What is it that makes a smartphone smart? Is it the advanced, flexible operating system that grants users the ability to install apps to extend their device’s feature set? Is it a high megapixel camera? A touch display that can differentiate between accidental taps and real ones? An HD display? GPS? Wi-Fi? Support for 4G LTE? It’s features like these that – according to today’s standards, at least – make up a smartphone.
Well, if Apple’s latest patent is anything to go by, the iPhone and other mobile devices are going to get smarter in the future by being situationally aware. Check out the details of the patent after the jump.
News of the patent award comes from the folks over at AppleInsider in the form of a short post in which they discuss US Patent 8,254,902 which is related to Apparatus and methods for enforcement of policies upon a wireless device.
Many different examples are mentioned in the patent filing. One of them considers a mobile device being switched to silent mode with lowered display brightness at a movie theatre. Then there’s the function of disabling wireless devices from connecting to one another in an academic environment. Your device’s radios may even be completely turned off in sensitive areas like Area 51 or your local police station.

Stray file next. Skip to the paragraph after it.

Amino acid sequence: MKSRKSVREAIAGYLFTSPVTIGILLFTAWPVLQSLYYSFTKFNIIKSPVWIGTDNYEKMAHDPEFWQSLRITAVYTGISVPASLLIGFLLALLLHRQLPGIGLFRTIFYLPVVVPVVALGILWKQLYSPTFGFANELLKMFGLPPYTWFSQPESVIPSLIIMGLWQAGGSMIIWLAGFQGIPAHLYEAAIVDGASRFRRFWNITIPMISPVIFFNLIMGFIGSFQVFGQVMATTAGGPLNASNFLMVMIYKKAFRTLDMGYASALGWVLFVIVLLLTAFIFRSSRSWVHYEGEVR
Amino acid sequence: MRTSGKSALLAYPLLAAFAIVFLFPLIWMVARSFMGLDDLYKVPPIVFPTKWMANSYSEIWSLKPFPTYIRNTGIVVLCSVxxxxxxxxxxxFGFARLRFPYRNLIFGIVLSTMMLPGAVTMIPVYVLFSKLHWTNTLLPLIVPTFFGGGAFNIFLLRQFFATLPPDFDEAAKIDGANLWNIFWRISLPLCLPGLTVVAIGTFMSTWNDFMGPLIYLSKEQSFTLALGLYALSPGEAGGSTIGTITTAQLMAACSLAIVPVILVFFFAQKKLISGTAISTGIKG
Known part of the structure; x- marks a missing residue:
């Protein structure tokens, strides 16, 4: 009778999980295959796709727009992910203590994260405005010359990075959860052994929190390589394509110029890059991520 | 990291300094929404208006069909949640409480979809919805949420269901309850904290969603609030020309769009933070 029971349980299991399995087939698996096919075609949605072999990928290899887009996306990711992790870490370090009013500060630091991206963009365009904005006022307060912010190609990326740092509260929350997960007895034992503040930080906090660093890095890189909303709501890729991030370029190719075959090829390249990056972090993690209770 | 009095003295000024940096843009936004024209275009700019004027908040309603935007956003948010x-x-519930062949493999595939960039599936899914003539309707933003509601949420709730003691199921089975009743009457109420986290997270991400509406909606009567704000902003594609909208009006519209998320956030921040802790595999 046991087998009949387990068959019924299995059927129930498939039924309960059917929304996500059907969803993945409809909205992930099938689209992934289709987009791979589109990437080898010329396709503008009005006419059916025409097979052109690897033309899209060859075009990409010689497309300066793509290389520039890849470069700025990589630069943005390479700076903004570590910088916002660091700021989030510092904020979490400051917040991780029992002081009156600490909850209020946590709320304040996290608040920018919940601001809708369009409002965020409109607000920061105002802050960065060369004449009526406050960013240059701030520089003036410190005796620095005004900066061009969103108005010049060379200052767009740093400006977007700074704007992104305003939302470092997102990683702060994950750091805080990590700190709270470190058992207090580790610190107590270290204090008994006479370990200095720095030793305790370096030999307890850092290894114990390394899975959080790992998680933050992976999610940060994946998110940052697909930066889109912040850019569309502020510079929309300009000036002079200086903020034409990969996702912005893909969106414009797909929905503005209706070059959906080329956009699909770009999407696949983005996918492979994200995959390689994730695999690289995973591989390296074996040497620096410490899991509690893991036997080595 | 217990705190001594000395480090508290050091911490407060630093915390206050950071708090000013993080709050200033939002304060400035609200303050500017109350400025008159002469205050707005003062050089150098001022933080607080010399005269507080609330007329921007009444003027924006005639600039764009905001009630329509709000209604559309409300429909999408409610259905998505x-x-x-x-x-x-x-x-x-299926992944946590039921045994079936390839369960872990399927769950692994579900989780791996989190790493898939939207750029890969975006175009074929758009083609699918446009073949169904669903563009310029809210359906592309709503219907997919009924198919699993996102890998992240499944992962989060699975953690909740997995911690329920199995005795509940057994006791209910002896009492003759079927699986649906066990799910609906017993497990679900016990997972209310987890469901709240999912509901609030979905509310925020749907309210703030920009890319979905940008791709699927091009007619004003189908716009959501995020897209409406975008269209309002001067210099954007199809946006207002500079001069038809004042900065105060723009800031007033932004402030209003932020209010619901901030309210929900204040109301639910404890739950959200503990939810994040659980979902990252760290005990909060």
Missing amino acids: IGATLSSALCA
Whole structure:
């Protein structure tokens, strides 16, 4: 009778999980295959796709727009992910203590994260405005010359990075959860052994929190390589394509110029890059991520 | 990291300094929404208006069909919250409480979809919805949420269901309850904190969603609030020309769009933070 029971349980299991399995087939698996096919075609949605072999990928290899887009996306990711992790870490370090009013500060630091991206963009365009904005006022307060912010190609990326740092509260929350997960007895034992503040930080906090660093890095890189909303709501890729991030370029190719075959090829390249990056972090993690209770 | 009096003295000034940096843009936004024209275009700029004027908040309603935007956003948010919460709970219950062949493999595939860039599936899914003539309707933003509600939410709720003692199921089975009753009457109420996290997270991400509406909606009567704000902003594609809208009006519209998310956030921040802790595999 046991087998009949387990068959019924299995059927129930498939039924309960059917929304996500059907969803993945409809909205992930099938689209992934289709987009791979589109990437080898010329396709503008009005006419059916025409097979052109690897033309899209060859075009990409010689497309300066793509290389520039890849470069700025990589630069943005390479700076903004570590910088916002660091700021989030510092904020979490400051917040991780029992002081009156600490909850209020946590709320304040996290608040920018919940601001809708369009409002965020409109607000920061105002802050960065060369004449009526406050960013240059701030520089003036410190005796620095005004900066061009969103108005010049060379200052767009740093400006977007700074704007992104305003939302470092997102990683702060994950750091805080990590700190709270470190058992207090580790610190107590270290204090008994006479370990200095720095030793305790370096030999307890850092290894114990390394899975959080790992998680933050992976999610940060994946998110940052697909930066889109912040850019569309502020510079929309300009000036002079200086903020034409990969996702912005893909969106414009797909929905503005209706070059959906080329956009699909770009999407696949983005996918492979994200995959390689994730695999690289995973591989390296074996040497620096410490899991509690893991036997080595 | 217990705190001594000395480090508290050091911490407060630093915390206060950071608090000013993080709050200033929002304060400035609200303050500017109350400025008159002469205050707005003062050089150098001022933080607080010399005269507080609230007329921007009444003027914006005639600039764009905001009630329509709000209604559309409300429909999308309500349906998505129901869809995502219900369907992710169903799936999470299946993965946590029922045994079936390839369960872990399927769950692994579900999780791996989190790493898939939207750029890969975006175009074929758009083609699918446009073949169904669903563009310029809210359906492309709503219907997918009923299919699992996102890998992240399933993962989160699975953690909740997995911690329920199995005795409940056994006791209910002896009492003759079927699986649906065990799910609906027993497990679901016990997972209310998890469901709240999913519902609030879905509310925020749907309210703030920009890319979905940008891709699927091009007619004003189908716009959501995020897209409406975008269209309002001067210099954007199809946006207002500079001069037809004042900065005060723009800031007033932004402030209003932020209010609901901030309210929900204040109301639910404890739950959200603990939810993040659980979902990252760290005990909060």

From what I can tell by reading the rather complicated patent document, these policies are communicated to devices like cameras, radios, mobile phones, portable computers by the wireless system, and not controlled by the devices themselves.
It certainly sounds useful in settings like cinemas and office meetings where silencing all phones in the area can improve experience and productivity respectively, but imagine if your college completely turned off your wireless radios so you wouldn’t be able to communicate at all on campus.
Apple has filed and been awarded a wide variety of patents over the years, a number of which are still no where to be found in mass market devices so there is a good chance this one won’t either.
I like the idea of a situationally aware iPhone, but I don’t like its functions being controlled by a separate device. I’d rather control things myself the way you can with Tasker profiles on Android. You decide the “triggers” and the “actions” caused by them, not your Wi-Fi or GPS.